The constant downward journey this year of Indian Rupee compared to major world currencies — fully or partially convertible — should be a major cause of concern.
The constant downtrend in the value of Rupee suggest that there is something seriously wrong with the country’s trade and financial management. High oil import bill this year may be a key reason for India’s high current account deficit (CAD) and the fall of Rupee. But, there is little effort on the part of the government to contain the outflow of USD by restricting import of avoidable items on the trade account and luxury expenditure on the service account such as foreign travel, foreign transfer of money on multiple accounts, unproductive outward corporate investments, foreign education, borrowing and debt servicing. While India can do little about the international prices of crude oil, it could certainly look into other areas to contain trade deficit and capital outflows.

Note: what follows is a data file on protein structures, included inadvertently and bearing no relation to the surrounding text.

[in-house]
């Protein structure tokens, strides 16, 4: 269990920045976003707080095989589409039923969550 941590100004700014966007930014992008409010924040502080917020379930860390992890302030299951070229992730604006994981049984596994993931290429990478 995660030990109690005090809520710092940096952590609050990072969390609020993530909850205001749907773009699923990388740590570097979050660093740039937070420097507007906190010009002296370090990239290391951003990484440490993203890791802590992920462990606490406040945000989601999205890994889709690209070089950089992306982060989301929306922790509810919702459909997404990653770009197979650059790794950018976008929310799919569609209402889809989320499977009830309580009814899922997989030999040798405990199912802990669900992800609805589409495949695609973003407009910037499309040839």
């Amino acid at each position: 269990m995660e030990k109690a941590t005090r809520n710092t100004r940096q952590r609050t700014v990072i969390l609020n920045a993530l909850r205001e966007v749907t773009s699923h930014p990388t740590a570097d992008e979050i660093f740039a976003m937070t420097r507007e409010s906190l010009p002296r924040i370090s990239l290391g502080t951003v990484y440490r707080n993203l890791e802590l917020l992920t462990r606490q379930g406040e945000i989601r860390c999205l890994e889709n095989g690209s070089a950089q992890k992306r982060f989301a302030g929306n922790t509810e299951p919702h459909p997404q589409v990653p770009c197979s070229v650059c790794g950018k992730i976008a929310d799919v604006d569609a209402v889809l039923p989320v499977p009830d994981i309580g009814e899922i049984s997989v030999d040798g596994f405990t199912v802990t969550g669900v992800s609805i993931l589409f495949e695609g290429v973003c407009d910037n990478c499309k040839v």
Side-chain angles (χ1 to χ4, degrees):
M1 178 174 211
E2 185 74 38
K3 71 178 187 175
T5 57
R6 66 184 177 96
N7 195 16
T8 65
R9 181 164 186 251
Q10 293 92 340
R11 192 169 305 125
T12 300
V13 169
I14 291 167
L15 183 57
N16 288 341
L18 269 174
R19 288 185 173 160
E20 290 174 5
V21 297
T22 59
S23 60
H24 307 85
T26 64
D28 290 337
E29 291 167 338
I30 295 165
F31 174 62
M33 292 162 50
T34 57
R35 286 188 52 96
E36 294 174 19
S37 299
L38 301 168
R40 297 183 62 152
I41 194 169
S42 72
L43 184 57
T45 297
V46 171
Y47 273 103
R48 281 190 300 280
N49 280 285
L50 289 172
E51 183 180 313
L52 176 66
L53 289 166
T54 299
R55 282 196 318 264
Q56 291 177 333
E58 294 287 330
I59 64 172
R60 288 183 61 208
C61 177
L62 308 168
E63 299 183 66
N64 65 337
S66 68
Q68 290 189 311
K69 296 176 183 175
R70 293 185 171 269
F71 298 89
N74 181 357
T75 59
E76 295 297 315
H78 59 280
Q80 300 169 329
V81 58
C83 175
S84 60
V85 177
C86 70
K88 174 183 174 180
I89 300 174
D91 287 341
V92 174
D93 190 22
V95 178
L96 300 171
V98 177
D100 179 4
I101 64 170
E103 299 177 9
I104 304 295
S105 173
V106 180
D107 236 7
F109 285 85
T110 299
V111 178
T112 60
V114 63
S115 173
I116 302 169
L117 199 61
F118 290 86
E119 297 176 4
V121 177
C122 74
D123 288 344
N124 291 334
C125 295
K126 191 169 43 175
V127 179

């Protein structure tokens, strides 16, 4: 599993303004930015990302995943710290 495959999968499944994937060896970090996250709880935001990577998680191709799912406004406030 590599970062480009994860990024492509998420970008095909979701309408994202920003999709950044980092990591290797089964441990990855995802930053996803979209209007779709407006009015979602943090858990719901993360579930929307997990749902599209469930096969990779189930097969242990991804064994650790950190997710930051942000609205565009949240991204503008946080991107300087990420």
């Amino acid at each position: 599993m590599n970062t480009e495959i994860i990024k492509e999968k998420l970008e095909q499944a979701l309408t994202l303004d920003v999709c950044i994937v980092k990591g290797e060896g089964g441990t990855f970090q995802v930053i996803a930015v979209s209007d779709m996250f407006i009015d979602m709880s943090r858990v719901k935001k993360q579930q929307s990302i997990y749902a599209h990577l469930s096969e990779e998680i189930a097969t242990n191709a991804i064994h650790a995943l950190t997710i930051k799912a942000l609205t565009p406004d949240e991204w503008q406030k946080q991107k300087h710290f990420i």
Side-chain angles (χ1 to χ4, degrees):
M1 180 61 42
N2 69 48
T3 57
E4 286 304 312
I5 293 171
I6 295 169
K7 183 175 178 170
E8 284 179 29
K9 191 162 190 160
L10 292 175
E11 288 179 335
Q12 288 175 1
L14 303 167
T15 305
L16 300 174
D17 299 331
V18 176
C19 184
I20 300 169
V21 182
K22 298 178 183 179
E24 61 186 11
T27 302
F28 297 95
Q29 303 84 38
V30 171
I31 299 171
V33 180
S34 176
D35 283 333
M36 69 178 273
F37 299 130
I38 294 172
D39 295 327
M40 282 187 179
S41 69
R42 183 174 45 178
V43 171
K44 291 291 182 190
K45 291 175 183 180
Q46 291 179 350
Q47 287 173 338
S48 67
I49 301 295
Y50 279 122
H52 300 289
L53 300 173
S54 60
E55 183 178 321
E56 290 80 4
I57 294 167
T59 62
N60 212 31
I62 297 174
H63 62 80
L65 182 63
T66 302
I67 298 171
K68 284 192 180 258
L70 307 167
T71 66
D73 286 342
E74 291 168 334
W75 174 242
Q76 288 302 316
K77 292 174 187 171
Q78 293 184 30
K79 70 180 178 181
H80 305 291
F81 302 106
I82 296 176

According to International rating agency Fitch, Indian Rupee has been one of the worst performing currencies in Asia this year. The country’s ambition to emerge as one of the world’s major economies in real terms look somewhat hollow in the face of constant rise of its CAD. India’s export contribution to its GDP had hit a 14-year low in 2017-18 and imports are surging at disturbing rates. The country’s trade deficit increased to $160 billion in 2017-18 from $112.4 billion in 2016-17. Of this trade deficit, over $60 billion was on account of its China trade alone.